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Chess Coaches and Kids

From: Victor T.
Sent on: Monday, September 12, 2011 10:37 AM
I have been thinking about this topic for a while but it never seems
to come up in conversations or publication and if you think about
it... who REALLY wants to talk about it?  It is a sensitive but
important topic for uss chess parents.  In any case, it is a common
sense topic.  All this is just my personal opinion.

Chess Coaches and Kids

This is not about coaching itself or the style or the content or the
training method.  This is about safety and prudence - for both the
parent and the coach.

I was asked once by a member of Ashburn CC (who was a stronger than
average player) what thoughts I might have on his starting to coach a
young child.  We discussed several topics which included curriculum,
ability of the child to maintain concentration and parental
expectations.  Then he told me that his student was female and that
triggered a whole set of safety/legal subtopics.  In hindsight, it
doesn't matter what the gender of the student is, the safety and
security aspect is still present.

The choice of coaching location in my opinion one of the most
important.  My preference was the public location that wasn't too
noisy.  As a parent, I feel more comfortable that way.  I don't know
what may be in a coach's home and at my home, I may get distracted and
want to do something else when the coach is with my kid.  Simply put,
at a public place with people around, there will probably be a witness
(or security camera) to anything that might happen or just as
importantly, credence that something did NOT happen.  This will help
protect the child and the coach both from a safety and legal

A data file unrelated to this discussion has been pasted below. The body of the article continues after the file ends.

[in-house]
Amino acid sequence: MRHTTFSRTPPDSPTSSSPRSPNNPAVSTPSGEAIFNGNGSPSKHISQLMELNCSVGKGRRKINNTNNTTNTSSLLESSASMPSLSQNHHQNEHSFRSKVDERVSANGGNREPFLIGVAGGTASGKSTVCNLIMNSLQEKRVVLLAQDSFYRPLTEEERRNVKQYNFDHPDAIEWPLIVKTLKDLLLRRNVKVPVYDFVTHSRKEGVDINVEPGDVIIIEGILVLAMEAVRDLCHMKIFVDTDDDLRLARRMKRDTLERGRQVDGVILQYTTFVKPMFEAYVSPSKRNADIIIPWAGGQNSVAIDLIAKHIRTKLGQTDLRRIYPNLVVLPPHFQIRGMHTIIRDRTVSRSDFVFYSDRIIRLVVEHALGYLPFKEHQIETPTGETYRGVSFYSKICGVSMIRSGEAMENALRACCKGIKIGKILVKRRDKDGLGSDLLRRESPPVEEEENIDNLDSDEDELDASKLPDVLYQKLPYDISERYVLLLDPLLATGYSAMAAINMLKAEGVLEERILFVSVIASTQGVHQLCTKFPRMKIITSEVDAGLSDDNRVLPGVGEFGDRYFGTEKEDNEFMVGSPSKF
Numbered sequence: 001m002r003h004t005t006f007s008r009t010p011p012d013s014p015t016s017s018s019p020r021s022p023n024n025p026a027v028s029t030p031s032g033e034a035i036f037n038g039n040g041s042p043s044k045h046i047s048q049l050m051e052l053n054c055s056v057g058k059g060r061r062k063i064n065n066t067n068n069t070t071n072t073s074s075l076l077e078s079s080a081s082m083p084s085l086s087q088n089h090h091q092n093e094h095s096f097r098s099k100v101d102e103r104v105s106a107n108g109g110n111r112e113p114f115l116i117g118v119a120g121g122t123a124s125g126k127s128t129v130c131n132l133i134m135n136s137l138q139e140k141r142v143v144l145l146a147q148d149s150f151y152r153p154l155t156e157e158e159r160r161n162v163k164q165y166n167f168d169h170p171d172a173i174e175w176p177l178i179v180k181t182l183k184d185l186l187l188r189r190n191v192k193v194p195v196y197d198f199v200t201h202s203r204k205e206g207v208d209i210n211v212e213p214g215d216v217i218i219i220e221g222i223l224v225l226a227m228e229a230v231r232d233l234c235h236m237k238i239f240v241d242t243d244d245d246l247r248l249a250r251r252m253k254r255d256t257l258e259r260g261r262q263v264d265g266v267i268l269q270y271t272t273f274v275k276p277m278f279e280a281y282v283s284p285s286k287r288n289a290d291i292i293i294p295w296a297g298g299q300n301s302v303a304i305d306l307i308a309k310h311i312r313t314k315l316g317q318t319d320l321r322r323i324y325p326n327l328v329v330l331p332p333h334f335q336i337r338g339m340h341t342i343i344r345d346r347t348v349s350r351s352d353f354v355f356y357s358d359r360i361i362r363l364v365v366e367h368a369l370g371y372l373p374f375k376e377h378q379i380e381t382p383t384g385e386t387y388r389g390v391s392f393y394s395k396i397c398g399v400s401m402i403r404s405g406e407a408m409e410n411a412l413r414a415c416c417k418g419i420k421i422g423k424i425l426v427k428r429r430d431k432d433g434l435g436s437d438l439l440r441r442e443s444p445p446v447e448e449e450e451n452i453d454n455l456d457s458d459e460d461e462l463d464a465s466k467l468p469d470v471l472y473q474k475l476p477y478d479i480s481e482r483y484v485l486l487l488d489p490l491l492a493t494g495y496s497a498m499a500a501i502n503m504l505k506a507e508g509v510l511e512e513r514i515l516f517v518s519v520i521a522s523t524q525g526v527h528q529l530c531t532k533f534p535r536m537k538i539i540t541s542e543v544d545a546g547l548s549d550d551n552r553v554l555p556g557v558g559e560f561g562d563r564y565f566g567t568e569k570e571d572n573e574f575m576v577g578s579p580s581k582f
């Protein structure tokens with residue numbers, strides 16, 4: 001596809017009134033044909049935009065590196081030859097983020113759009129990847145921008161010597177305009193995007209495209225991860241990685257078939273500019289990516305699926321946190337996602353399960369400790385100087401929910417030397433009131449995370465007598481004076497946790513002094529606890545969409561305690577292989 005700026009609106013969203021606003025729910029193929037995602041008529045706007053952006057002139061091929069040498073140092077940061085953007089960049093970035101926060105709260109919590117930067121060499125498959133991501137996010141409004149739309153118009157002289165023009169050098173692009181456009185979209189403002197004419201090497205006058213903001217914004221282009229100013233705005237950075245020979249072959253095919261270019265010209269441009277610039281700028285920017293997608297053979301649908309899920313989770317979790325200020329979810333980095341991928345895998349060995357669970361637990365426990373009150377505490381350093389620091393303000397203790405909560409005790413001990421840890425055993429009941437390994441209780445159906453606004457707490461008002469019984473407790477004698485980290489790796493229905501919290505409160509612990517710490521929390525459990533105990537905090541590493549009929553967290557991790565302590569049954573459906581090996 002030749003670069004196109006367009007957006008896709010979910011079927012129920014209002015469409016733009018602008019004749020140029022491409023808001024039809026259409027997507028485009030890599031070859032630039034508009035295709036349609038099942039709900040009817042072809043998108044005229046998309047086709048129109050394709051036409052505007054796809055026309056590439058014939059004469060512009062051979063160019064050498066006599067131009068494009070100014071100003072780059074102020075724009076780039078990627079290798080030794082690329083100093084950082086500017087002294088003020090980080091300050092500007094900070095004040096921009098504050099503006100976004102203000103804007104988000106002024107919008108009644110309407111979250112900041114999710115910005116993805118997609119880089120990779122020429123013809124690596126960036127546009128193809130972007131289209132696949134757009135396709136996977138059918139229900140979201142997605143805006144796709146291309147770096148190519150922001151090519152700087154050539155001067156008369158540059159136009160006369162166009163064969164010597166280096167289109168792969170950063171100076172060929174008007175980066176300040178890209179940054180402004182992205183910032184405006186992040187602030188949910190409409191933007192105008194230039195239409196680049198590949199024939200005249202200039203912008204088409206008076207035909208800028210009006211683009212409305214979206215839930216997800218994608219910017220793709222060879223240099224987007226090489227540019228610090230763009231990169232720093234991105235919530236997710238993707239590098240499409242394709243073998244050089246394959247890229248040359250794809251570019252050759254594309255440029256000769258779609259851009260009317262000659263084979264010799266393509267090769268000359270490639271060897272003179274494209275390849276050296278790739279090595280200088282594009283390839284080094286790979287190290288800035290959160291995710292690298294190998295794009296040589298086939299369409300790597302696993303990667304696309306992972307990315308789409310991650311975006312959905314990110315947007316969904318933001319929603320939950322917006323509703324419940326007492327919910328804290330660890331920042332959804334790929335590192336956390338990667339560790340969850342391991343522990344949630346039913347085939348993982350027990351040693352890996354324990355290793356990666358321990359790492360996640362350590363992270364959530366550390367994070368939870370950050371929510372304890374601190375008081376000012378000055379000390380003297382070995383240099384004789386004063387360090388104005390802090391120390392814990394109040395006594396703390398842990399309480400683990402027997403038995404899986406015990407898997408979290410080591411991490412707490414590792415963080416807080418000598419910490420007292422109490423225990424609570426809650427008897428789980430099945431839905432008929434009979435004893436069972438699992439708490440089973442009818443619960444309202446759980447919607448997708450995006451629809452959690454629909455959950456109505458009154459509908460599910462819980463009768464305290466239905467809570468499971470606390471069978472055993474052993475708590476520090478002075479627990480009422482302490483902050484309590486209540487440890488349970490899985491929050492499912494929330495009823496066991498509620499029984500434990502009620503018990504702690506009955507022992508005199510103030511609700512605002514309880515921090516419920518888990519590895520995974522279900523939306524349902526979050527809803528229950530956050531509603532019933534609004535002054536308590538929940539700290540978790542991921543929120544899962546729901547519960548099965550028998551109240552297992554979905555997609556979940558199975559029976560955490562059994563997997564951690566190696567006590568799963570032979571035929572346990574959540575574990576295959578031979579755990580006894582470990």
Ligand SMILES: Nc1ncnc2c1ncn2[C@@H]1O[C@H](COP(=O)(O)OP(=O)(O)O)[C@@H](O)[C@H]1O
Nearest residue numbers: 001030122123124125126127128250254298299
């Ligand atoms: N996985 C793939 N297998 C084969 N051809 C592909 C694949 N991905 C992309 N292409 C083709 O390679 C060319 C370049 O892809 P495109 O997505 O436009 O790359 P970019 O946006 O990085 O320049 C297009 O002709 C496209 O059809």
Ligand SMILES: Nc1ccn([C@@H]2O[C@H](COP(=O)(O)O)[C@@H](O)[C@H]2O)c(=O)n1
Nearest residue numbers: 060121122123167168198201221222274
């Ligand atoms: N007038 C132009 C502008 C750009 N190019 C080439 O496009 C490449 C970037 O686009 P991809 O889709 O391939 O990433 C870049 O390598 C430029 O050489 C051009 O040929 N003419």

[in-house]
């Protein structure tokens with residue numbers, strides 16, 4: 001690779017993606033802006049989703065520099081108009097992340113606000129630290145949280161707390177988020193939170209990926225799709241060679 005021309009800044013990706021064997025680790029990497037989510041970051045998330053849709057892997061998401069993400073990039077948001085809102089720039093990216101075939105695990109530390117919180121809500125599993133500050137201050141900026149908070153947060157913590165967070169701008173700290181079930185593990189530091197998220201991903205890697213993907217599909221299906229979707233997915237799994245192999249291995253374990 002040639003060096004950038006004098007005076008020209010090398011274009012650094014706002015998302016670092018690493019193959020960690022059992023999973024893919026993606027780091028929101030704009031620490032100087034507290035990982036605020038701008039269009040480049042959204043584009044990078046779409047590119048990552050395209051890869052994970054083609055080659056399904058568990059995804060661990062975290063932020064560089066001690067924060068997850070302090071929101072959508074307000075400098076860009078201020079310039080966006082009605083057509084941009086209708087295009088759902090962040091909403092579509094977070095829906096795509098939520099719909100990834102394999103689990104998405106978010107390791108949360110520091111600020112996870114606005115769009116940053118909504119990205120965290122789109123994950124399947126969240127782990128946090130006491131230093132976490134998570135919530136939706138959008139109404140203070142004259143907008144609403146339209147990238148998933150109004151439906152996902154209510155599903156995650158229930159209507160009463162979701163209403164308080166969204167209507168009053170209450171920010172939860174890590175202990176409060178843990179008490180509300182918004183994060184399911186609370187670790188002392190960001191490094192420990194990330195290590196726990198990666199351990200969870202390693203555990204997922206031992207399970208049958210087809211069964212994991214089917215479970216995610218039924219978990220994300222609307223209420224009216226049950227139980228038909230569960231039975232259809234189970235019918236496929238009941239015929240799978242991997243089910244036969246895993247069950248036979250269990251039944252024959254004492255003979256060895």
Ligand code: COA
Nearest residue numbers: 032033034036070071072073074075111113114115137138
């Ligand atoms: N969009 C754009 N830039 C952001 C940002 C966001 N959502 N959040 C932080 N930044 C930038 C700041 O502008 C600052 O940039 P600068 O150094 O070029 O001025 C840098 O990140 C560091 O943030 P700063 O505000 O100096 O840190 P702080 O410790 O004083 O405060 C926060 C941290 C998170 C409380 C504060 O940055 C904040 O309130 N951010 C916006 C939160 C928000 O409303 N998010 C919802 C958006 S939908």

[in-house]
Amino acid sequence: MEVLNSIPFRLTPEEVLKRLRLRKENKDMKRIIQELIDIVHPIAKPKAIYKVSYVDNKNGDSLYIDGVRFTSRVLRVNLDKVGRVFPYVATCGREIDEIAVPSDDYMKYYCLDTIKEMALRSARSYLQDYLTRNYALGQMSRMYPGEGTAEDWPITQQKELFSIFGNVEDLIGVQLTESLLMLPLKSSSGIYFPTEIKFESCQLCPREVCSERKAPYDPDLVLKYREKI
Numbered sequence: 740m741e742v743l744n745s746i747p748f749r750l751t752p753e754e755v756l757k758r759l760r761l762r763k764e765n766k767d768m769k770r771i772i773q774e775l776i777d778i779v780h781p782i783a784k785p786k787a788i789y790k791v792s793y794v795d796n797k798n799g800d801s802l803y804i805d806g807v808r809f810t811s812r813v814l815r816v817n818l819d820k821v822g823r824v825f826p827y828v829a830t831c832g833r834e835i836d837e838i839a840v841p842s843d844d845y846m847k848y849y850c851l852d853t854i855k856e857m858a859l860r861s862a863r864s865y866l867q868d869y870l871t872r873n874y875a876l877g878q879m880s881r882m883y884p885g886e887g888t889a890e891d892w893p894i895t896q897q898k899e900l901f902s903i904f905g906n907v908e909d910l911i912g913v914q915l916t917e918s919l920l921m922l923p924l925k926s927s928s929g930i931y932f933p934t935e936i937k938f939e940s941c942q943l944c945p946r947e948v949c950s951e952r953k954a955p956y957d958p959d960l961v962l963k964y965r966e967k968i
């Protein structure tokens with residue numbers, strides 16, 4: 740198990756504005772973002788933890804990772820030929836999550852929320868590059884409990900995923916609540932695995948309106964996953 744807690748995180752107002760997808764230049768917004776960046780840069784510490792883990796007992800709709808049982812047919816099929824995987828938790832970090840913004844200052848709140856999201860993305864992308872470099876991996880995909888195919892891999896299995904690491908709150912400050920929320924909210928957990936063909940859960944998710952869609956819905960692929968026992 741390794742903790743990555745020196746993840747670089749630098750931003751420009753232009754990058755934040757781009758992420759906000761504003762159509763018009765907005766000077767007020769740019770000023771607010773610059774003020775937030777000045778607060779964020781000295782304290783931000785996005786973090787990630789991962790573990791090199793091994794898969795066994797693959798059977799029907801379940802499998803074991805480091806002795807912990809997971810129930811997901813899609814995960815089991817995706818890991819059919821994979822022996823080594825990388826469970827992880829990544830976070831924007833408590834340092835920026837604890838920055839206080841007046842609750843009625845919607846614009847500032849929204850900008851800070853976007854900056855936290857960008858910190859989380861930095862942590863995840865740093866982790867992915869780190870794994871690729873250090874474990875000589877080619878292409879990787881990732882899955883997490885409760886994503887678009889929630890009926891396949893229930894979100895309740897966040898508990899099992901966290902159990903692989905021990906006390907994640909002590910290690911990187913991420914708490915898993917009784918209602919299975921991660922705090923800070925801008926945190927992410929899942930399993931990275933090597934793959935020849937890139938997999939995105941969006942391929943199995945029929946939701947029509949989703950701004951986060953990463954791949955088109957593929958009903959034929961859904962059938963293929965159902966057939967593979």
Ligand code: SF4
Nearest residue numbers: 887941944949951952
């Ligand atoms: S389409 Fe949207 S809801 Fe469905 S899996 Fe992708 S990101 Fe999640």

perspective.

That being said, have I ever had my child get coaching at a non-public
place?  Yes, I have but I knew those coaches well and trusted them.
The only danger was that one of them had a dog which was an aggressive
provider of wet smotherings ;-)

So, some of the questions that you might want to ask yourself as a parent are:

1. How long have I known this coach personally?
2. How long has anyone else known this coach?
3. Is he/she willing to give references - whether from students or
organizations or schools?
4. Does he/she have any coaching or tournament experience?
5. Is this person new to the area?
6. Does this coach actually have a business?
7. Does this person already have a job working with kids? (e.g. school
teacher, day care)
8. Perhaps useful in our area, does this person have a job that
requires some kind of background/security check?

I am not saying that they have to get checkmarks on all of the
questions or that they guarantee or prove or disprove anything.  Chess
coaches can be hard enough to find already.  My key point is that you
as a chess parent need to ask yourself these questions and are
comfortable with the answers that you get.  Note that I am not even
addressing the traditional coach selection questions.

Yes, it is an unpleasant topic but I felt that it was at least
necessary to touch on this topic.  Comments are welcome at
[address removed]


Just another chess parent

-- Victor Tan
http://www.loudou...­

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